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U.S. Says 'Contingency' Aid Ready If Russia Attacks Ukraine

A Ukrainian soldier holds a U.S.-supplied Javelin anti-tank missile during a military exercise at near Rivne on May 26.

The United States has prepared contingency military aid in the event of further Russian military incursions into Ukraine, the White House has said.

White House spokeswoman Jen Psaki said in a statement on June 18 that recent U.S. media reports that the United States held back security assistance to Ukraine were "nonsense."

Politico and The Washington Post reported this week that President Joe Biden's administration set aside a military aid package to Ukraine worth tens of millions of dollars that included lethal weapons.

The potential package, which was said to include arms and more anti-tank missiles, had been drawn up in response to a Russian troop and military hardware buildup near Ukraine's borders in the spring.

The military maneuvers caused consternation in Washington and European capitals about Moscow's intentions at a time of increased fighting in eastern Ukraine between Kyiv and Kremlin-backed separatists.

The U.S. media outlets reported the United States temporarily halted the proposal when Russia said in April that it intended to reduce the more than 100,000 troops it had moved near the border areas.

Despite the withdrawal announcement, U.S. and Ukrainian officials say Russia has left some military hardware in place, which could be used to rapidly mobilize in the event of escalation.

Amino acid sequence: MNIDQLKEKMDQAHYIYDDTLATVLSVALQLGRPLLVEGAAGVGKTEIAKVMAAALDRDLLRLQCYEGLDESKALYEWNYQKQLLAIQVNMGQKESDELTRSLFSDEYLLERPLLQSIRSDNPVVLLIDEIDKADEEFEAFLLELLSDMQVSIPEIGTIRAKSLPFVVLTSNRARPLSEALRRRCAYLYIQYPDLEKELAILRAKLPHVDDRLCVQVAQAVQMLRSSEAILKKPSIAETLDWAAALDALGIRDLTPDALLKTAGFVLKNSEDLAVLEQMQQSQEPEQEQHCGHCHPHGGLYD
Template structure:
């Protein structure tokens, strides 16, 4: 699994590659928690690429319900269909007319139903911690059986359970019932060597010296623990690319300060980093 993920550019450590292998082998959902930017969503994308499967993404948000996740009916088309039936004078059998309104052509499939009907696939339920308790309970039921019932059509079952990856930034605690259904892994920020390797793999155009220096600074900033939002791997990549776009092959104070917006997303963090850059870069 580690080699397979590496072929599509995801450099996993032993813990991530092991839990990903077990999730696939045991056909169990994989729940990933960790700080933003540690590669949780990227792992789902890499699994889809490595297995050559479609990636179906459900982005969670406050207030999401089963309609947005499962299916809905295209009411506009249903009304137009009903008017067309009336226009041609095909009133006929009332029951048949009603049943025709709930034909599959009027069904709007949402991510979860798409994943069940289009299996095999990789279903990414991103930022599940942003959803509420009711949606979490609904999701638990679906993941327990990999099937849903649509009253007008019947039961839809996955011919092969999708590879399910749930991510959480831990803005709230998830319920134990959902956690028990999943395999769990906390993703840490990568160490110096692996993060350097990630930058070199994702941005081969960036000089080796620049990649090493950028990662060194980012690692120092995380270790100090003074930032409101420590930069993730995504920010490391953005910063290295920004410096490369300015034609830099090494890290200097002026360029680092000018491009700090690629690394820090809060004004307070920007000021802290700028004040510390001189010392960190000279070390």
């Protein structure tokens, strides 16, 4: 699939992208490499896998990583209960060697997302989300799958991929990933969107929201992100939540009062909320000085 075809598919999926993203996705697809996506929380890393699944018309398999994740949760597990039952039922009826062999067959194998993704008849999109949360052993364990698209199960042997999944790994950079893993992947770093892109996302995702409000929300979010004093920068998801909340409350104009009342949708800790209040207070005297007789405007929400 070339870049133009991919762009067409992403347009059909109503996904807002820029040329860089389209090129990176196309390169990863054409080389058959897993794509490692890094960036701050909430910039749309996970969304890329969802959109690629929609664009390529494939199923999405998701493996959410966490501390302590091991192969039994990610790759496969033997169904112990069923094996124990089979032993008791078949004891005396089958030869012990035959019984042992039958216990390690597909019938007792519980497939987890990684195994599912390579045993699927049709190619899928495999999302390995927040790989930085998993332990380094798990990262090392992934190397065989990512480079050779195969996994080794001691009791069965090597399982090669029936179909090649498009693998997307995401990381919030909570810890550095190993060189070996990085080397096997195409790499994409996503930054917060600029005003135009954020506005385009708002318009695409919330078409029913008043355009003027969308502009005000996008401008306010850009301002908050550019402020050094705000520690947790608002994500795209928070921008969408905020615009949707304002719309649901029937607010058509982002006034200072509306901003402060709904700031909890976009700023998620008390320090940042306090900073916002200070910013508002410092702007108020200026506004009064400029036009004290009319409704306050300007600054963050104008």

Moscow says the remaining forces, including armored units and rocket systems, are in place for military drills later in the year.

The United States has provided more than $2.5 billion in security assistance to Ukraine since 2014, when Russia forcibly seized Ukraine's Crimean Peninsula and backed separatists in the east, sparking a war that has killed more than 13,000 people.

Earlier this month, the Pentagon announced a $150 million package to Ukraine of "defensive lethal assistance," including counter-artillery radars, communications and electronic warfare equipment, and counter-drone systems.

In March, the Pentagon announced another tranche of $125 million, including additional armed Mark VI patrol boats.

The assistance comes from funds already committed by Congress for the U.S. government's fiscal year that ends in September.

"The idea that we have held back security assistance to Ukraine is nonsense. Just last week -- in the run-up to the U.S.-Russia summit -- we provided a $150 million package of security assistance, including lethal assistance," Psaki said in her statement.

"We have also prepared contingency funds in the event of a further Russian incursion into Ukraine," she added. "As President Biden told President [Vladimir] Putin directly, we will stand unwavering in support for Ukraine’s sovereignty and territorial integrity."

Biden has said he seeks a relationship with Russia that is "stable and predictable," a message he sought to instill ahead of a summit with Putin this week when the two leaders discussed wide-ranging issues from cyberattacks and arms control to the conflict in Ukraine.

With reporting by Politico and The Washington Post
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